How to Get Leadership Buy-In | AccountingWEB

How to Get Leadership Buy-In

Ben was sick of having his partner cancel last minute on client meetings. He knew that his clients were annoyed with the practice too and it needed to change. Ben tried subtle suggestions, cc-ing others on "we missed you at the meeting" emails, and proposing firm-wide cancellation policies, but nothing seemed to work. Ben needed buy-in, and he wasn't sure how to get it.

This type of scenario came up during my Integrating Client Service Culture webinar and I wanted to give some tactical ideas here on the topic of buy-in. The tips below are for those of you who dream of a service culture where deadlines are met, emails are returned promptly and systems are crashing due to extremely high call volumes from client referrals.

Getting buy-in, the kind you have to "get" because someone is not just giving it to you, is all about persuasion. And you're not going to persuade anyone to change a culture overnight or in a single meeting that involves listing out the 18 reasons your way is the best way of doing things. Here's how to take some steps in the right direction:

Start Small

  1. Pick a specific action that you would like to see changed.
  2. Determine the underlying causes of the related issues or roadblocks as best you can.
  3. Figure out who the other supporters are who can lend influence to your cause and get their input.

Have a Genuine Conversation

  1. Ask for time to talk about this particular area of client service you'd like to change. Getting the OK on the concept of the conversation keeps your leaders from feeling trapped into accepting a meeting they don't want to be a part of.
  2. Ask great questions in the conversation. What if we could serve our clients even better than we currently are? What are your priorities in serving our clients?
  3. Be genuine in sharing your concerns about the current practices you see and any resulting financial, operational, or personnel problems.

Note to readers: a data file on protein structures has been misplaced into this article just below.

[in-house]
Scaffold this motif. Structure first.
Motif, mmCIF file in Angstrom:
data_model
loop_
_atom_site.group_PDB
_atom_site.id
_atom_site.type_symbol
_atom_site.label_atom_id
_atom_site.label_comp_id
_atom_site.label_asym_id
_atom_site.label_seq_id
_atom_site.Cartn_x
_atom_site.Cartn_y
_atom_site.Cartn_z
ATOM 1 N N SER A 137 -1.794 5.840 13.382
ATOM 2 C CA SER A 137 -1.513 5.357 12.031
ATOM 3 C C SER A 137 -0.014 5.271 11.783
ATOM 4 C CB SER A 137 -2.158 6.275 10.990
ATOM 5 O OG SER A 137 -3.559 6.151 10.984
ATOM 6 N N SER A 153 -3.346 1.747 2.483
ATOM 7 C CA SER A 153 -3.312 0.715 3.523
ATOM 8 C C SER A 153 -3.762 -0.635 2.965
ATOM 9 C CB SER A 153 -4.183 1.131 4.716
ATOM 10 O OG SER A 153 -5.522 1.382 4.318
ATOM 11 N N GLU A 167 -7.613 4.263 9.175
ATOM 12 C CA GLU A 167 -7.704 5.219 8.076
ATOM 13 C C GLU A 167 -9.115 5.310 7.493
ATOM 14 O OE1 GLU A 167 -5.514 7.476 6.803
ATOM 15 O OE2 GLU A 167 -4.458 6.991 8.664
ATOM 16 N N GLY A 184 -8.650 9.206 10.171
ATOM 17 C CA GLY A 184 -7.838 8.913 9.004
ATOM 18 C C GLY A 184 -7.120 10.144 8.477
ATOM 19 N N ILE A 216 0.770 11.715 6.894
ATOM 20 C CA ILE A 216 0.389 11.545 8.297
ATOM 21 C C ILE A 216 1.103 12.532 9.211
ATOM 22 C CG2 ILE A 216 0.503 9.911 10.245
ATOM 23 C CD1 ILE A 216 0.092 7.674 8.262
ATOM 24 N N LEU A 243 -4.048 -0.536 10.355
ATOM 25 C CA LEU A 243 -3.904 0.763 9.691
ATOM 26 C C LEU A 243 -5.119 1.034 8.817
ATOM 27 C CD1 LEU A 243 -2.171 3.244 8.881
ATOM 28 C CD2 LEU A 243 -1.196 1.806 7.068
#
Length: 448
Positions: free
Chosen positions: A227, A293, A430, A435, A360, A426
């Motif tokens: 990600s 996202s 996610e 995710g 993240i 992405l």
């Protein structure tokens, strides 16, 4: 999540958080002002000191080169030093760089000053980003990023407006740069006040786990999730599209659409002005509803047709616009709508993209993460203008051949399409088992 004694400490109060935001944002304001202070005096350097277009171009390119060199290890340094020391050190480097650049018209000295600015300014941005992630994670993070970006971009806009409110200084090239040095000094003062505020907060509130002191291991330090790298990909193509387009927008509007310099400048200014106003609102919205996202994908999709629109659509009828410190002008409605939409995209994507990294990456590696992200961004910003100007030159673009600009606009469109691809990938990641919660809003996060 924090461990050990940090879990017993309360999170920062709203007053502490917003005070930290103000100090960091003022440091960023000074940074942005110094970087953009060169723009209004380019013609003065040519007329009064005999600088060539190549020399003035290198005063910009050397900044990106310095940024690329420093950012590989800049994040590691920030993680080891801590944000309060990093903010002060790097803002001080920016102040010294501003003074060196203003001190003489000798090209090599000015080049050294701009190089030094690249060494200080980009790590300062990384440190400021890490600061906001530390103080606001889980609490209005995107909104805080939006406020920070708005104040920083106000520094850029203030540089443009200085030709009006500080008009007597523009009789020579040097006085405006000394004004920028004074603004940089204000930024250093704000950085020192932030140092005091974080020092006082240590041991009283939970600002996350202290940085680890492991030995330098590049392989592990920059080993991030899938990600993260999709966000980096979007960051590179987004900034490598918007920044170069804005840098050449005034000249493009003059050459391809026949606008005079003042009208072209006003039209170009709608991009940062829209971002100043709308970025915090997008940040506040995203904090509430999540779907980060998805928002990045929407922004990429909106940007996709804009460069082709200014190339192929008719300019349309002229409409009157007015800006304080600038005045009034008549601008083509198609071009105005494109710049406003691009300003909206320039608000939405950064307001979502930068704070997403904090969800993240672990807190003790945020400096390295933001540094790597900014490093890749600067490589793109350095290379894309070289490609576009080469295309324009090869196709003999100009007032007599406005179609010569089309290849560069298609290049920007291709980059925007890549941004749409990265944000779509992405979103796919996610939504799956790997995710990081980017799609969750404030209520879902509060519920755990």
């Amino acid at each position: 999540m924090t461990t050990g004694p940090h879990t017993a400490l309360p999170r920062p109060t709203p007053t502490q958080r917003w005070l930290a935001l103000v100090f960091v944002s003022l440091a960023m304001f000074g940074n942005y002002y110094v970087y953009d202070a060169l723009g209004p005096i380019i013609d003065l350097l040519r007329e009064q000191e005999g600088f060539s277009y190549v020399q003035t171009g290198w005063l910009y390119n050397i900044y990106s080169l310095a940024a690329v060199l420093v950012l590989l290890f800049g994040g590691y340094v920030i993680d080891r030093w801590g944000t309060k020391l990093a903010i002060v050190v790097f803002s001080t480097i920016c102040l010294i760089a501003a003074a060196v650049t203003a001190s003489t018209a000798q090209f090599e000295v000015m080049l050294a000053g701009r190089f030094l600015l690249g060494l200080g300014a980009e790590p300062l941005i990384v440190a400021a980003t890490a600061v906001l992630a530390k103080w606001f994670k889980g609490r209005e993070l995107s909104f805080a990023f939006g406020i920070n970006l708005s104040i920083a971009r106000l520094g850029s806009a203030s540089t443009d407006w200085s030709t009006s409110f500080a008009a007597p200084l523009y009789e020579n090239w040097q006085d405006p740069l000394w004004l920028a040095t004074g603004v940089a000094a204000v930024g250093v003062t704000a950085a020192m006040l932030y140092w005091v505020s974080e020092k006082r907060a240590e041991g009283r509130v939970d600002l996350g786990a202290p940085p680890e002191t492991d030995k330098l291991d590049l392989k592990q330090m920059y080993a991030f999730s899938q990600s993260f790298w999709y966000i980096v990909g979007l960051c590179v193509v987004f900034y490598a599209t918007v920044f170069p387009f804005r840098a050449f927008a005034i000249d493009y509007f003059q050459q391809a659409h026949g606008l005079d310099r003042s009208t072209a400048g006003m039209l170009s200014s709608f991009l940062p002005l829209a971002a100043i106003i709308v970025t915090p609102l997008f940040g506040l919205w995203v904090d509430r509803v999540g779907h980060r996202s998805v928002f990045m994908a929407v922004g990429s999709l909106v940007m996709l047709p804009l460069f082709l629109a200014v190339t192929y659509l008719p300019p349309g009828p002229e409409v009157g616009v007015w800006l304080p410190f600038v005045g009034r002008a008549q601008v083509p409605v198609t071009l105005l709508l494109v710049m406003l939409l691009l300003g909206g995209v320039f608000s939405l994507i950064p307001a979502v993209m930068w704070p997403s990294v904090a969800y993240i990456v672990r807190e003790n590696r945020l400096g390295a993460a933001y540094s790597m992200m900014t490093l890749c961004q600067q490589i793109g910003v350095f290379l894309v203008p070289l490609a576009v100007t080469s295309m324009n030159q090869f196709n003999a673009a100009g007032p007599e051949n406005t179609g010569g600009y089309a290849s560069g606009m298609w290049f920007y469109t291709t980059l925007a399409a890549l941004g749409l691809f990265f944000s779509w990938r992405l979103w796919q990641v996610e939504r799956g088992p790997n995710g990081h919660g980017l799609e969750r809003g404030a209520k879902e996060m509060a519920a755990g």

4. Highlight the benefits for those you're seeking buy-in from, and for the organization as a whole. Check and see if they agree on the benefits or see things differently. Drawing a line from client service to billable dollars or cash flow can generate interest in your topic quickly.
  5. Listen genuinely to the responses you hear. This will be the hardest part. Set aside your agenda and see if you can hear more reasons why buy-in isn't as easy as you think it should be. Then step back and address these with care and concern. Treating your leader's interests as your own will help you see the issue from their perspective and be able to make modifications to get the committed buy-in you're after.

Do you have a success story or struggle in convincing leadership to make a significant change? If so, share it below.

About the author:

Kristen Rampe, CPA, loves helping CPAs and professional service providers get a better understanding what their internal and external clients need and want. They use this information to develop an exceptional client experiences driving higher client retention and increased margins. Check out her blog for great ideas on how to improve your practice! Kristenrampe.com/blog.

Wait, there's more!
There's always more at AccountingWEB. We're an active community of financial professionals and journalists who strive to bring you valuable content every day. If you'd like, let us know your interests and we'll send you a few articles every week either in taxation, practice excellence, or just our most popular stories from that week. It's free to sign up and to be a part of our community.
Premium content is currently locked

Editor's Choice

WHAT KIND OF FIRM ARE YOU?
As part of our continued effort to provide valuable resources and insight to our subscribers, we're conducting this brief survey to learn more about your personal experiences in the accounting profession. We will be giving away five $50 Amazon gift cards, and a $250 Amazon gift card to one lucky participant.
This is strictly for internal use and data will not be sold
or shared with any third parties.